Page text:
This issue brief from the Kaiser Commission on Medicaid and the Uninsured describes how a repeal of the expansion of Medicaid under the Affordable Care Act (ACA) would impact both tens of billions of dollars in state government budgets and millions of Americans who now rely on the expanded Medicaid program for their health insurance coverage.

32 states and the District of Columbia have implemented the expanded Medicaid program, covering all individuals residing in those states with incomes below 138 of the Federal Poverty Level ($16,394/year for an individual and $33,534/year for a family of four in 2016). As of 2015, an estimated 10.7 million Americans were enrolled in these expanded Medicaid programs and are risk of losing their health insurance coverage if the expansion of Medicaid under the ACA is repealed.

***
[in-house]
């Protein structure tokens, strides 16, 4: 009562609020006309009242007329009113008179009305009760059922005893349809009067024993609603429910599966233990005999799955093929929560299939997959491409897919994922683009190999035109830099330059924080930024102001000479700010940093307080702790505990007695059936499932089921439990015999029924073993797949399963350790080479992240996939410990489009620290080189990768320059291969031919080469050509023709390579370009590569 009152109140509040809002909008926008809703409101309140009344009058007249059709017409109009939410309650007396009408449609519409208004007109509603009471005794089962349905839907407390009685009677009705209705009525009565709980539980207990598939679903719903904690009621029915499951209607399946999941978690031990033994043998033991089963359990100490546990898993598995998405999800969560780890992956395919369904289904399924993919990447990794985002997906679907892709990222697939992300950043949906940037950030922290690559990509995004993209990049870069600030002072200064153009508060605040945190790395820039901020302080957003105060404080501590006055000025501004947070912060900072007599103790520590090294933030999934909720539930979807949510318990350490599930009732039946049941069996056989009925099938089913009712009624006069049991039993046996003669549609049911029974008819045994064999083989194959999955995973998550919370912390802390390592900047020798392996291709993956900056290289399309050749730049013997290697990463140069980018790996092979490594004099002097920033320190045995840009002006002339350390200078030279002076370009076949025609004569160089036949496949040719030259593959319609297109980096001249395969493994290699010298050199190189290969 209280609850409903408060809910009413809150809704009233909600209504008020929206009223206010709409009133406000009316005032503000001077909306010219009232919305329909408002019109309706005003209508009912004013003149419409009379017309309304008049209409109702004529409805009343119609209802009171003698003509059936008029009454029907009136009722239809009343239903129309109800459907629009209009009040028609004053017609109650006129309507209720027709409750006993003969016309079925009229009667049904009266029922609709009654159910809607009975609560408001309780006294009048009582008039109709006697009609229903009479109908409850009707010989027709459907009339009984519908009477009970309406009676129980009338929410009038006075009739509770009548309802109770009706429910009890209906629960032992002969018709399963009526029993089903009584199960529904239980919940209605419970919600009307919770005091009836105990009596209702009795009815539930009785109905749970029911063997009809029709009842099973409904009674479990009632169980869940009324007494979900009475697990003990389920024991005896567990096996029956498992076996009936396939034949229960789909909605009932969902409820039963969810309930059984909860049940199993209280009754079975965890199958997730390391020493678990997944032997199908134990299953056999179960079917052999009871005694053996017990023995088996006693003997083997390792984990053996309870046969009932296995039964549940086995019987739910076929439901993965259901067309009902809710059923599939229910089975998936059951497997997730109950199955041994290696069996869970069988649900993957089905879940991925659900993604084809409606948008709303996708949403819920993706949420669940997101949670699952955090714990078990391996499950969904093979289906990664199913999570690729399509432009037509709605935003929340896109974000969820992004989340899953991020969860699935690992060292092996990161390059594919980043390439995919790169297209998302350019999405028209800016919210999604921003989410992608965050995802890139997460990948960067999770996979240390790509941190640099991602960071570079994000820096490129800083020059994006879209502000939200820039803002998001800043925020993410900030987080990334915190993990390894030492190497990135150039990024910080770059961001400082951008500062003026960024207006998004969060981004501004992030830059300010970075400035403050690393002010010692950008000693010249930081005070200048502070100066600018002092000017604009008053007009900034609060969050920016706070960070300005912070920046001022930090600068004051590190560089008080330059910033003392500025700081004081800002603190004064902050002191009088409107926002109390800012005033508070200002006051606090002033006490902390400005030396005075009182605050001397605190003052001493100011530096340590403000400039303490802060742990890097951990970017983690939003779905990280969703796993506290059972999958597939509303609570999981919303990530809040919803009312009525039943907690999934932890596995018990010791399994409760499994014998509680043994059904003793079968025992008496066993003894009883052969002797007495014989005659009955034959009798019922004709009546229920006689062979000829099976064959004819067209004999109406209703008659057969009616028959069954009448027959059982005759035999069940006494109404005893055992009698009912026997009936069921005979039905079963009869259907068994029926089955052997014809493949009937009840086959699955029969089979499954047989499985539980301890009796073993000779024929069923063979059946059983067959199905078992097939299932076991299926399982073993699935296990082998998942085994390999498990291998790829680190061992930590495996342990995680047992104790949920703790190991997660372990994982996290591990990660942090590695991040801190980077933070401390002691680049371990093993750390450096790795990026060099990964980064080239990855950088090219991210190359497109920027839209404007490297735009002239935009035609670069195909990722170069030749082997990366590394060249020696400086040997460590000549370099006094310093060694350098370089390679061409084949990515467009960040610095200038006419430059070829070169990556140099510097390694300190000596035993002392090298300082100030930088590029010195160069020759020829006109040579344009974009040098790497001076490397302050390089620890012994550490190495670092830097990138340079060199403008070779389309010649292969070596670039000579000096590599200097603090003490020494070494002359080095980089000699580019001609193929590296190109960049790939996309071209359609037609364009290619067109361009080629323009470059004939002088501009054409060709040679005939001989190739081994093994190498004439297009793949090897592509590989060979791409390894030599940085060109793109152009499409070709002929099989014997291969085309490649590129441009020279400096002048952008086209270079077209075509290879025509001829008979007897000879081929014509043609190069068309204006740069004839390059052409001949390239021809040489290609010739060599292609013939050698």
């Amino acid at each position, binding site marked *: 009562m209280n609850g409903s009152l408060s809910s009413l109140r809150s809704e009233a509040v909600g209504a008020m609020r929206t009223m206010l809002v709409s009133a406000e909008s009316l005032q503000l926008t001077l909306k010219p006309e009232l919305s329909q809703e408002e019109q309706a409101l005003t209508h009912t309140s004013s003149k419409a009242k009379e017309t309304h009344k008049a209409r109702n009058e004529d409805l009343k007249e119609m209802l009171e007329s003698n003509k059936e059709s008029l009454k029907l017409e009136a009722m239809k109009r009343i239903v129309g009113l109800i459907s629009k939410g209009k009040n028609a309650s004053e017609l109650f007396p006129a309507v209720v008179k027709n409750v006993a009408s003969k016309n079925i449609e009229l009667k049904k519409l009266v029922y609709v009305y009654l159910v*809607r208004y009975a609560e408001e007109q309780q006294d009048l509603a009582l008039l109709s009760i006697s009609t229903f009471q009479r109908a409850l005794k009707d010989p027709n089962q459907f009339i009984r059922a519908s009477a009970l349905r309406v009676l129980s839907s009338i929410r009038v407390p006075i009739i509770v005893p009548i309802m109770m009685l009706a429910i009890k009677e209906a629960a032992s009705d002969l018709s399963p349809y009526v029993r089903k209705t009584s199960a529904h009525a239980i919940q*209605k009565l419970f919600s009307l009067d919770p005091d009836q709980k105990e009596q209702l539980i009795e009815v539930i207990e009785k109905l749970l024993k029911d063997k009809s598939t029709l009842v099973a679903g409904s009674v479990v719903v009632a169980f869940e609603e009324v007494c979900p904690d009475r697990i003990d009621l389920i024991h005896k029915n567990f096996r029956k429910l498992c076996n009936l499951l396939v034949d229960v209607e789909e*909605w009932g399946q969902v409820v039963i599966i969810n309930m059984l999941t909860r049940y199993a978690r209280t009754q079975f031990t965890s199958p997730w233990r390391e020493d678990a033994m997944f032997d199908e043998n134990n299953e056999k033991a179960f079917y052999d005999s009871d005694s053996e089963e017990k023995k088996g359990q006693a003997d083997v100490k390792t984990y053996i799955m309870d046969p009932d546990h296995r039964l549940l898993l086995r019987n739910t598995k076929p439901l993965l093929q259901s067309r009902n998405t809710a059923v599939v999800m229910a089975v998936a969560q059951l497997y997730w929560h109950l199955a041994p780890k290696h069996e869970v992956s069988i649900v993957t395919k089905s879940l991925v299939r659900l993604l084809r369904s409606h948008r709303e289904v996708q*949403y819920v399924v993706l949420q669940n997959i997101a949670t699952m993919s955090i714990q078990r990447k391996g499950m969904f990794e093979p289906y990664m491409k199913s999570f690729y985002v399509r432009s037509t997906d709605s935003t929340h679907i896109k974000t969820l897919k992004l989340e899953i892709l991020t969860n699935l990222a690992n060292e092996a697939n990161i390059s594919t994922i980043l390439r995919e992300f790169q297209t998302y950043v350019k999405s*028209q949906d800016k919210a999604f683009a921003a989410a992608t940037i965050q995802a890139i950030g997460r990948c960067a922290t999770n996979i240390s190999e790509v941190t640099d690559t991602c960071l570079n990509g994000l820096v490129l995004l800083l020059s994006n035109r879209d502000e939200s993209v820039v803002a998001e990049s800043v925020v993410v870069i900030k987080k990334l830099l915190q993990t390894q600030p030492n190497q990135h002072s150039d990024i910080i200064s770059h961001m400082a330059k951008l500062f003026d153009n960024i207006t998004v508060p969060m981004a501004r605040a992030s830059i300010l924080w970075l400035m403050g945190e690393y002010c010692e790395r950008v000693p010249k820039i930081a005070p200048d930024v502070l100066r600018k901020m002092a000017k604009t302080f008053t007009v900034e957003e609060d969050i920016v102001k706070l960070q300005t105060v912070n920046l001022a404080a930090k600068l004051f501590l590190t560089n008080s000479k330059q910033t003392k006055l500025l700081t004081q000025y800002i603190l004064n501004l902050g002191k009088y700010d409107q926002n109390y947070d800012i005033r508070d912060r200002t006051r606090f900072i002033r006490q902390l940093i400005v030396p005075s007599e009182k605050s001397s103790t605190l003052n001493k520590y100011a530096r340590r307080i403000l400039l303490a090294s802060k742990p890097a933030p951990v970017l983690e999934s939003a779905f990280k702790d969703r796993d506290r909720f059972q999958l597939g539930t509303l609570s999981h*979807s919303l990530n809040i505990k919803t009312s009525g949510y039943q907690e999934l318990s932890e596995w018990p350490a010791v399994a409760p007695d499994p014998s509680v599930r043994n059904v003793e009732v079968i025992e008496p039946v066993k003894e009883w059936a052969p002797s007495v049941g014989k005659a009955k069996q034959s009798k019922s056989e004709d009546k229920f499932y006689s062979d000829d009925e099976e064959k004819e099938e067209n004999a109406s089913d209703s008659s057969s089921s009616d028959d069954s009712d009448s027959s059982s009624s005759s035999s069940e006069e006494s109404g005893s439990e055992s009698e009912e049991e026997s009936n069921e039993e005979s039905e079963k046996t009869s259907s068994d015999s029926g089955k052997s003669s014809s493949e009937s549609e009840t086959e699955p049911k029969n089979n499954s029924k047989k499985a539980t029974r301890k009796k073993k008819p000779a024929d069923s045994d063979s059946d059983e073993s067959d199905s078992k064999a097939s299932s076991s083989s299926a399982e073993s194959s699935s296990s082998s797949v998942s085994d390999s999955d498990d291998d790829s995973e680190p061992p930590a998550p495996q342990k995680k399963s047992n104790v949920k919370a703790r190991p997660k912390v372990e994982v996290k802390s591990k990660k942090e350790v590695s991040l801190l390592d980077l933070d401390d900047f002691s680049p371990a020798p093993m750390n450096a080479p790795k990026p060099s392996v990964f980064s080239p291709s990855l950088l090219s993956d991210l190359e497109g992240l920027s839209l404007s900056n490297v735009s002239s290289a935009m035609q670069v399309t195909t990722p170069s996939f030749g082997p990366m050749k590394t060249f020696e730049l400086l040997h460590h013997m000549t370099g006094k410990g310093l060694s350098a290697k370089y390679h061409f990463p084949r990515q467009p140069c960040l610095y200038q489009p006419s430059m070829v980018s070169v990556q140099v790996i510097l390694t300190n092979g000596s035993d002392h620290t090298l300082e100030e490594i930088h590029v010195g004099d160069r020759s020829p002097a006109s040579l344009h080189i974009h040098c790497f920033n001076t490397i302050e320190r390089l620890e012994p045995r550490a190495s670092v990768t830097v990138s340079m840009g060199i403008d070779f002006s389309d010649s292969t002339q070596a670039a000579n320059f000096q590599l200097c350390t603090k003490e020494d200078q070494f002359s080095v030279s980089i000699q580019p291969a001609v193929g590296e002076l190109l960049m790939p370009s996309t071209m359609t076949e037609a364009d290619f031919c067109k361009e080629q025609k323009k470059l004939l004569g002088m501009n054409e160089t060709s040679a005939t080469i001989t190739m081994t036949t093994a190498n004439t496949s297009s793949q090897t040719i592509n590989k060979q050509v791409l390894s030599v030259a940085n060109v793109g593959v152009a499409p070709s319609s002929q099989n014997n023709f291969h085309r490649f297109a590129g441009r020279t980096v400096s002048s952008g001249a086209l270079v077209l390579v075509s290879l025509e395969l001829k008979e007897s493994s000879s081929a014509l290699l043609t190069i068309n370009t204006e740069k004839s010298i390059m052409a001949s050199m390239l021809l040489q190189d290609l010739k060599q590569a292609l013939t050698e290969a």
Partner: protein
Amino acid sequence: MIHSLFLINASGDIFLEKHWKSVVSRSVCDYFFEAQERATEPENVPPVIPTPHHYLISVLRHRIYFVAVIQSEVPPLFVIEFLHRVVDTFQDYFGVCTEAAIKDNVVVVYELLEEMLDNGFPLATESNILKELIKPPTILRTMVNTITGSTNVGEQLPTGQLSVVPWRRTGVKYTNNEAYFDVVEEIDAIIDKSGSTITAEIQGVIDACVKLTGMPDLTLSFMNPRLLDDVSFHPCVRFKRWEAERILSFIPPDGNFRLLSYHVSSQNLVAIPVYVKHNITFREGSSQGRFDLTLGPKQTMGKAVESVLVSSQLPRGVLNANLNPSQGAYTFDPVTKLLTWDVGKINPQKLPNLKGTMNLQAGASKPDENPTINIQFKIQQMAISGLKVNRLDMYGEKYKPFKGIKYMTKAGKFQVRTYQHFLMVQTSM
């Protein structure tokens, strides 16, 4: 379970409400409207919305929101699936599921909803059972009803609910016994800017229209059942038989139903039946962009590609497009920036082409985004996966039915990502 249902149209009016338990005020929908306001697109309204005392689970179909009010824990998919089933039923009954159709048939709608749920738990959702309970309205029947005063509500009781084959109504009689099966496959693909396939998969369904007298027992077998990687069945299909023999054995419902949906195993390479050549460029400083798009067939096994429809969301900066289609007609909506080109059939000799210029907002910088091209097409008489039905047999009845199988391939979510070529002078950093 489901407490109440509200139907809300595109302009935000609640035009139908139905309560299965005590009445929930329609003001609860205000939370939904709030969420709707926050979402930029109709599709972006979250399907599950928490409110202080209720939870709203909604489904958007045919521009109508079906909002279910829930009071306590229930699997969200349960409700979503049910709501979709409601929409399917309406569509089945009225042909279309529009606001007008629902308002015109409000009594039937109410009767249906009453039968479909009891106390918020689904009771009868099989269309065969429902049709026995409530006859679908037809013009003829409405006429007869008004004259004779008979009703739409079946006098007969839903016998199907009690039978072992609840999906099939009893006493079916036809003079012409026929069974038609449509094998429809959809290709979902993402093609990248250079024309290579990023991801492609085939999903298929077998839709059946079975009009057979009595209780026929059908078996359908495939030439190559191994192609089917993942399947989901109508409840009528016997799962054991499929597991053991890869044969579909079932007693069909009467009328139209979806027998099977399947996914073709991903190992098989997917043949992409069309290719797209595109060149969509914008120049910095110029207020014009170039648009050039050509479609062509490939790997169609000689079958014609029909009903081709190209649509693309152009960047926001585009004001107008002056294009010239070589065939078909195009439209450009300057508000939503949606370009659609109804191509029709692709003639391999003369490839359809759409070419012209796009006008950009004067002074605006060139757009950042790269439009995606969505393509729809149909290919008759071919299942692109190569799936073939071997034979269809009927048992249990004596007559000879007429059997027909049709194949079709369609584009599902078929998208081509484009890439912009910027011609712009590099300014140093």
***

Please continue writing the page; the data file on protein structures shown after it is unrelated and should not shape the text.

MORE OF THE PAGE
Under the ACA, almost all the costs for Medicaid expansion have paid by the federal government (100% for Fiscal Years 2014 through 2016, and phasing down to 95% this Fiscal Year 2017, eventually to 90% in Fiscal Year 2020). States that wanted to maintain some health insurance coverage for some or any of those 11 million Americans would have to use state funds to pay for such coverage. This is a cost shift of tens of billions of dollars from the federal government to state governments. During the first 18 months of the implementation of the Medicaid expansion, states received an estimated $79 billion to cover their costs. All these federal funds would become unavailable to the states with repeal.

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